Disgraced former finance minister found dead
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Former Japanese Finance Minister Shoichi Nakagawa, who was forced to resign after appearing drunk at a G7 news conference earlier this year, was found dead in his Tokyo home. The cause of his death has not yet been determined.
AFP - Japan's former finance minister Shoichi Nakagawa, who was forced to resign over his apparently drunken behaviour at a meeting of world powers, has been found dead at his home, police and news reports said Sunday.
"We were informed that former finance minister Nakagawa has been found dead, but we are still unaware of further details," said a spokesman for the Tokyo Metropolitan Police Department.
Nakagawa, 56, was found dead in a bedroom at his home in Tokyo's residential distrct of Setagaya, Jiji Press news agency and other media said, adding that the cause of death was not immediately unknown.
Nakagawa, a close ally of then prime minister Taro Aso, was incoherent and slurred his speech at a news conference in February after the Group of Seven talks in Rome amid the global economic crisis.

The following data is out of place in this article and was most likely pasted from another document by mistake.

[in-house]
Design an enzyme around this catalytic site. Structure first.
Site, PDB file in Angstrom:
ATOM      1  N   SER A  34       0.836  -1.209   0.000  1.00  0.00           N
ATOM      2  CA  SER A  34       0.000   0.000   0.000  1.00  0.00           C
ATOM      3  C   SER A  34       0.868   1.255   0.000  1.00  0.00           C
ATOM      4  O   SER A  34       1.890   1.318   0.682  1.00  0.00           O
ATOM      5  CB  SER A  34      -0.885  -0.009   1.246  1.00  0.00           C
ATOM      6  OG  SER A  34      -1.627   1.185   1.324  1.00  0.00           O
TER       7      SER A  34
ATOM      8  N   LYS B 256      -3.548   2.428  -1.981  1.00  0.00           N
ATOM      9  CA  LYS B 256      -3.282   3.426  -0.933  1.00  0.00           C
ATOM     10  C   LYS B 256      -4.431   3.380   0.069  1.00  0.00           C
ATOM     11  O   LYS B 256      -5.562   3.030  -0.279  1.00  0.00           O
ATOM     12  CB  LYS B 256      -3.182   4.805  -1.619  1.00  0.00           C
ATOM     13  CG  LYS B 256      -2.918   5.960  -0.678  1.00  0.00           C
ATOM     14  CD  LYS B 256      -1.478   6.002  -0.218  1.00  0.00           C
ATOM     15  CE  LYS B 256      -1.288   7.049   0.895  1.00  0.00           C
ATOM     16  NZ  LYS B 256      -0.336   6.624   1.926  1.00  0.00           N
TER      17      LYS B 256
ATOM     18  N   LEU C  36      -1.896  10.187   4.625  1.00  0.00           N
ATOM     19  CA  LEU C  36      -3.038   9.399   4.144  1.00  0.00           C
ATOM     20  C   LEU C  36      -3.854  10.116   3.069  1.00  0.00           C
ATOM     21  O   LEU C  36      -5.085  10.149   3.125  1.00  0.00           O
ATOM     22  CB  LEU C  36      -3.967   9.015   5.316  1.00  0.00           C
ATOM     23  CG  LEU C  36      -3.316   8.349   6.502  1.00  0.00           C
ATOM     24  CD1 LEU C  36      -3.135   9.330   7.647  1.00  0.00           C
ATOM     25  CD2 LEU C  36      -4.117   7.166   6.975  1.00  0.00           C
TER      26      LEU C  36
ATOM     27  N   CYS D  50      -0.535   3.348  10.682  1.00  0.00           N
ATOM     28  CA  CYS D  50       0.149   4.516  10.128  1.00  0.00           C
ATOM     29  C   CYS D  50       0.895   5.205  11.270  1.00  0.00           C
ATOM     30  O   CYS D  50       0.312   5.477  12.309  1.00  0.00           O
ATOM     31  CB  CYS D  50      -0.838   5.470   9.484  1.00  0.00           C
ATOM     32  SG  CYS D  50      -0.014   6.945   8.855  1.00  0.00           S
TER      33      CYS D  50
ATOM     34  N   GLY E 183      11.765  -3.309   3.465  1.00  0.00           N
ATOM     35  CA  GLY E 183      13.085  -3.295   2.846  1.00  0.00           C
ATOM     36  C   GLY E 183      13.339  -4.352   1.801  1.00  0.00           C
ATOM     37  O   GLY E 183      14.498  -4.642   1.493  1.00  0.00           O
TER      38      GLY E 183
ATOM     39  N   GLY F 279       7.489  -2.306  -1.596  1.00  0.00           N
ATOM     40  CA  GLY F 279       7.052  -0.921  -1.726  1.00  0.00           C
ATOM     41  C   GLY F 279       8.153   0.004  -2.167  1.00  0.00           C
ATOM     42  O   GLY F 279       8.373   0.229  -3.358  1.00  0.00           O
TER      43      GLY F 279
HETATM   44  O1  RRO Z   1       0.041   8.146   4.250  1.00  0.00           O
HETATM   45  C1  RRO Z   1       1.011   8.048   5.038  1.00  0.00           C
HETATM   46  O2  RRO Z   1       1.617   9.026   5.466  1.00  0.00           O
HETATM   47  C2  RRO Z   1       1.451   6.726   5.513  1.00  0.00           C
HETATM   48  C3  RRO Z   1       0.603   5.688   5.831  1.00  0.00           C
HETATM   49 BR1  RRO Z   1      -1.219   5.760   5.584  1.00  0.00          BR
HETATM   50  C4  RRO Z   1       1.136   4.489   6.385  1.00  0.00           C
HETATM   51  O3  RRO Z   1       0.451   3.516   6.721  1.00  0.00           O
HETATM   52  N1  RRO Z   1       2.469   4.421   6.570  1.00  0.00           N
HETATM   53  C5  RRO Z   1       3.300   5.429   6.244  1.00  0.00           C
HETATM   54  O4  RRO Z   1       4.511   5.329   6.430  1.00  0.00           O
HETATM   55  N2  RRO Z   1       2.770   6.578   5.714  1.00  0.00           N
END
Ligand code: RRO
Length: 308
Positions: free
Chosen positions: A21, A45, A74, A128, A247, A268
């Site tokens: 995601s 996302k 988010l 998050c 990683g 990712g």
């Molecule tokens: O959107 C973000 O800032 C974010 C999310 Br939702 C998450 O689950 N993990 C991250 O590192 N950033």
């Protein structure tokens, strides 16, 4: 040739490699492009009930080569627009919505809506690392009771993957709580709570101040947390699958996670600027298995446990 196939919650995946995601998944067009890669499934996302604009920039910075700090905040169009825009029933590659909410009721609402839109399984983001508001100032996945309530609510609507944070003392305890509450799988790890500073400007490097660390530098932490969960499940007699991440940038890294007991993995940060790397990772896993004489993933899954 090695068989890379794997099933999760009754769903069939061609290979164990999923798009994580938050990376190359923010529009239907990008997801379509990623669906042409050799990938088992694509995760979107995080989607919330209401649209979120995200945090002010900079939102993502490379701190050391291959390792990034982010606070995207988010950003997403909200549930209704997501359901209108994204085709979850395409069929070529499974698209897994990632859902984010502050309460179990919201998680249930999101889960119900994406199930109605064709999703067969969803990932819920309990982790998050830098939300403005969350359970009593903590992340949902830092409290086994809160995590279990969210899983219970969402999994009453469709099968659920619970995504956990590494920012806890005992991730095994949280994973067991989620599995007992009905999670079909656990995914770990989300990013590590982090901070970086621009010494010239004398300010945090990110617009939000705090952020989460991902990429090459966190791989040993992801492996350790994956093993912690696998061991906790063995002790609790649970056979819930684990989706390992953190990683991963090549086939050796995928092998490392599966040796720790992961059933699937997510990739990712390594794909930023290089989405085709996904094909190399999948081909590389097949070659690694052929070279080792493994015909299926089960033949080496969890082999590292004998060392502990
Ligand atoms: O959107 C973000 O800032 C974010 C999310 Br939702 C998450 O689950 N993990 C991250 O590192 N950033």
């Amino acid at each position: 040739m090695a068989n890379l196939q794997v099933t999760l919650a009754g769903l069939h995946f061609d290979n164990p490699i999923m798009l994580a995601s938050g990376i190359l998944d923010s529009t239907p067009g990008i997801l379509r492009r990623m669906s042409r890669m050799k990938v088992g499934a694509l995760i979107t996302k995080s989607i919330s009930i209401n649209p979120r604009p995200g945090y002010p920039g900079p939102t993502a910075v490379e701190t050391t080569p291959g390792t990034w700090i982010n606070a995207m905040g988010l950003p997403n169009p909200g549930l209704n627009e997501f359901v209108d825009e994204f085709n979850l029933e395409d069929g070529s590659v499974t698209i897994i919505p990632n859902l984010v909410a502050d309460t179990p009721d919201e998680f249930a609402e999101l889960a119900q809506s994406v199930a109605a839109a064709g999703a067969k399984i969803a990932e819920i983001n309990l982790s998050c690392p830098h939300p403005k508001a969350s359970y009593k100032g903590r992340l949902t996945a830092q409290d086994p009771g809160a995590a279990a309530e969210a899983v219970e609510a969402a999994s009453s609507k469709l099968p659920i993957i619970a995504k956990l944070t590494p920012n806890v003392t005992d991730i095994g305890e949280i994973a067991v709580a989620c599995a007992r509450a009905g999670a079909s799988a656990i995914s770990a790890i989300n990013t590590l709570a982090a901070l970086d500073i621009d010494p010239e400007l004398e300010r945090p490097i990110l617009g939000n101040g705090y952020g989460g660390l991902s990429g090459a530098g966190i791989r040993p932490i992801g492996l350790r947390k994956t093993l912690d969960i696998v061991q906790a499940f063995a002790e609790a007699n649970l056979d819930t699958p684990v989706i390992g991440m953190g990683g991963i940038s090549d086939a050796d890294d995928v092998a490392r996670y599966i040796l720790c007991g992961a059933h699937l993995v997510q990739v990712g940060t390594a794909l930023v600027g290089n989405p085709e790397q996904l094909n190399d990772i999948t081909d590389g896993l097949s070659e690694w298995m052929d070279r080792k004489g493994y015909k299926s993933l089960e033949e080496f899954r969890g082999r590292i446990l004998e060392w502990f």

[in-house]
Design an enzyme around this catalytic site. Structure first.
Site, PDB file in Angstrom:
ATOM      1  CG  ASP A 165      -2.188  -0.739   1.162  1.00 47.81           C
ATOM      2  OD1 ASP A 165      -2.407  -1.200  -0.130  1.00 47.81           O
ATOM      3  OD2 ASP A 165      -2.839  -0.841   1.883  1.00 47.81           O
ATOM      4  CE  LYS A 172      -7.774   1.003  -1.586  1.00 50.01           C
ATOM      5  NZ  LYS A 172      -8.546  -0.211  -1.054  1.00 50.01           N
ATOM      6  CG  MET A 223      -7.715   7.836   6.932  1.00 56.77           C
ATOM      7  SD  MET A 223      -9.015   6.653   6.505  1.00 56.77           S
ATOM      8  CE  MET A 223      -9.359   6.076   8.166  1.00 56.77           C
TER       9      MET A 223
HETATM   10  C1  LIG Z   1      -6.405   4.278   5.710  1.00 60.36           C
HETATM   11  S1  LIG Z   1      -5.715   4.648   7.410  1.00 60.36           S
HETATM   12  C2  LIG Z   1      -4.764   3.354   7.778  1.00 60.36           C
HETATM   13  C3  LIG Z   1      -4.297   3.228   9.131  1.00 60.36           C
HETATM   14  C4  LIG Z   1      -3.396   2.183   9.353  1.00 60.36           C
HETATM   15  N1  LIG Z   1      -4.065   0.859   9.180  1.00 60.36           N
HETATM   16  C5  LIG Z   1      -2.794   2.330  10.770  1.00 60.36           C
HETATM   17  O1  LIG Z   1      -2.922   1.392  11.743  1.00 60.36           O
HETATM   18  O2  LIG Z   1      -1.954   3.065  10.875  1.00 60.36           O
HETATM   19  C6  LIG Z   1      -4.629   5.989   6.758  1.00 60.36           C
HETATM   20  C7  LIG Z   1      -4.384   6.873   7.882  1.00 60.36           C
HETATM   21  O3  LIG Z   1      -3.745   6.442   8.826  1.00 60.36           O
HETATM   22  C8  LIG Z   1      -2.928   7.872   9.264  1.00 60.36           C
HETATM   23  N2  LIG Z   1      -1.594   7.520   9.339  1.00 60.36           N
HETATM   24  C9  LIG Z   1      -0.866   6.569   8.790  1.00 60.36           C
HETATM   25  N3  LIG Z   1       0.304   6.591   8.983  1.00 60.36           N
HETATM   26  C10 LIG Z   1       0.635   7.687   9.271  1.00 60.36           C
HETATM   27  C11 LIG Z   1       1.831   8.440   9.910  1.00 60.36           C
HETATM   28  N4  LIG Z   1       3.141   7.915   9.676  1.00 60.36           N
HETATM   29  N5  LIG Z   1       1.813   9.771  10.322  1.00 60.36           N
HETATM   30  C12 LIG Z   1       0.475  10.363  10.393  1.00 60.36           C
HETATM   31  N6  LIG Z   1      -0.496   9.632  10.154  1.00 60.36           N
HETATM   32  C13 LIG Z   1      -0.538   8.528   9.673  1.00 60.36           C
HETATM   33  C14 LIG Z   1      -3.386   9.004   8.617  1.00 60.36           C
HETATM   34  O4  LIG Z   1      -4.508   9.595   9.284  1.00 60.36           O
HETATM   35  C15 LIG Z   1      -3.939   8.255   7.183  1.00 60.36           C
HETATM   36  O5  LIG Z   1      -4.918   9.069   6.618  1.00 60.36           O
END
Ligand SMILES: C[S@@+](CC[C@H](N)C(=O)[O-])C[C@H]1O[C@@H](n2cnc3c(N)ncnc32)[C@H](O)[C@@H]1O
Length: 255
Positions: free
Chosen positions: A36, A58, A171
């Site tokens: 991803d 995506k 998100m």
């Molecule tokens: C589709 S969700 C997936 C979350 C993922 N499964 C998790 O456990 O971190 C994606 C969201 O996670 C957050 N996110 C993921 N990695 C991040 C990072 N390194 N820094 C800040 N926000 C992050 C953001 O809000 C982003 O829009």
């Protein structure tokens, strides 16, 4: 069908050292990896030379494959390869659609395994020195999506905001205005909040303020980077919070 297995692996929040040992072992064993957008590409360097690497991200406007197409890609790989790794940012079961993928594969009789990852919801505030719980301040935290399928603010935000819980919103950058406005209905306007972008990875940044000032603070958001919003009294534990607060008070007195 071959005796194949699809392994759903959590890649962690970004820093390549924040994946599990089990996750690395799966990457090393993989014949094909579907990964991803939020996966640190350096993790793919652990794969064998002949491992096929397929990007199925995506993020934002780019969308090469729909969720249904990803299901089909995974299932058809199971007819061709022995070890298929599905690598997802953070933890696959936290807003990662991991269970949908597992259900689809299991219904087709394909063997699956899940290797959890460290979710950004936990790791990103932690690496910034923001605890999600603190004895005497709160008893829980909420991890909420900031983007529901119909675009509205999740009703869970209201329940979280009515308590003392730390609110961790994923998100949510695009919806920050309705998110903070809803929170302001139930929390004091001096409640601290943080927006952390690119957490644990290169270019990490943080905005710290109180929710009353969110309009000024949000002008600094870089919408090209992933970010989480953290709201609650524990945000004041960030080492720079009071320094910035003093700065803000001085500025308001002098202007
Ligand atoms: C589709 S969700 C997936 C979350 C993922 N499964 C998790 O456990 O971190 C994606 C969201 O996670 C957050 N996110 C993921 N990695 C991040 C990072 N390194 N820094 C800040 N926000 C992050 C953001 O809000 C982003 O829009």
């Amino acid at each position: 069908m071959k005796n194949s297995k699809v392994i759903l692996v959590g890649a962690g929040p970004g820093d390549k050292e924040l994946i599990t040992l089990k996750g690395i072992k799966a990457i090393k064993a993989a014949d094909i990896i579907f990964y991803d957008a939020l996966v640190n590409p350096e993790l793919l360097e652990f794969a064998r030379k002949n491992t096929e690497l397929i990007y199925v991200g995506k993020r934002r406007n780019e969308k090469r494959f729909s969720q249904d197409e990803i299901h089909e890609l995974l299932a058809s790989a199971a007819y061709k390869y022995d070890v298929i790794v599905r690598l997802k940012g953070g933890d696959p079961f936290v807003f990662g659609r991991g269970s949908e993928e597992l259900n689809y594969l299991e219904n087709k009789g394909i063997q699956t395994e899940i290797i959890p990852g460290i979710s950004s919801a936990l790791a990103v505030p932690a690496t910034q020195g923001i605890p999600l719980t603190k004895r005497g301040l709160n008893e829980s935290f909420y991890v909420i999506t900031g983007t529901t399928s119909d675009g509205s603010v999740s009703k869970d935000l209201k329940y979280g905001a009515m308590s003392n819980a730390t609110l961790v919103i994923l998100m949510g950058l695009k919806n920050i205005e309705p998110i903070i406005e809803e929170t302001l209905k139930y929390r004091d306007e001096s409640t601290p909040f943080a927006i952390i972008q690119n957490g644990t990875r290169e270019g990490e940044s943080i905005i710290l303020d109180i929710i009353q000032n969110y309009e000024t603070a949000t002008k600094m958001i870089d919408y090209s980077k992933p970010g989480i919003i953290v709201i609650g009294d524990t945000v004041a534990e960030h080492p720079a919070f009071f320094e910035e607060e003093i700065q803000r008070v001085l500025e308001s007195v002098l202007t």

Nakagawa, a heavyweight in the Liberal Democratic Party (LDP), said he had sipped some wine with lunch before the press conference but blamed jet lag and cold medicine for his drowsiness.
The debacle dealt a blow to Aso, who resigned last month after his conservative LDP suffered a massive defeat against Prime Minister Yukio Hatoyama's Democratic Party of Japan in general elections in August.
Nakagawa, who had made no secret about his fondness for drinking, promised to swear off alcohol ahead of the elections, but lost his seat in his constituency in Hokkaido, northern Japan.
His father was also an LDP heavyweight who was found dead in 1983 in a hotel room. The death was later ruled to be suicide.
Nakagawa joined the Industrial Bank of Japan in 1978 after graduating from the elite University of Tokyo. He spent five years at the bank, which is now part of the Mizuho financial group.
Nakagawa had triggered controversy with strong criticism of China and calls for Japan -- the only nation to have suffered an atomic attack -- to consider developing nuclear weapons.
He was also known for being pro-Taiwan, admiring independence-minded former president Lee Teng-hui. Beijing regards the island as part of Chinese territory.
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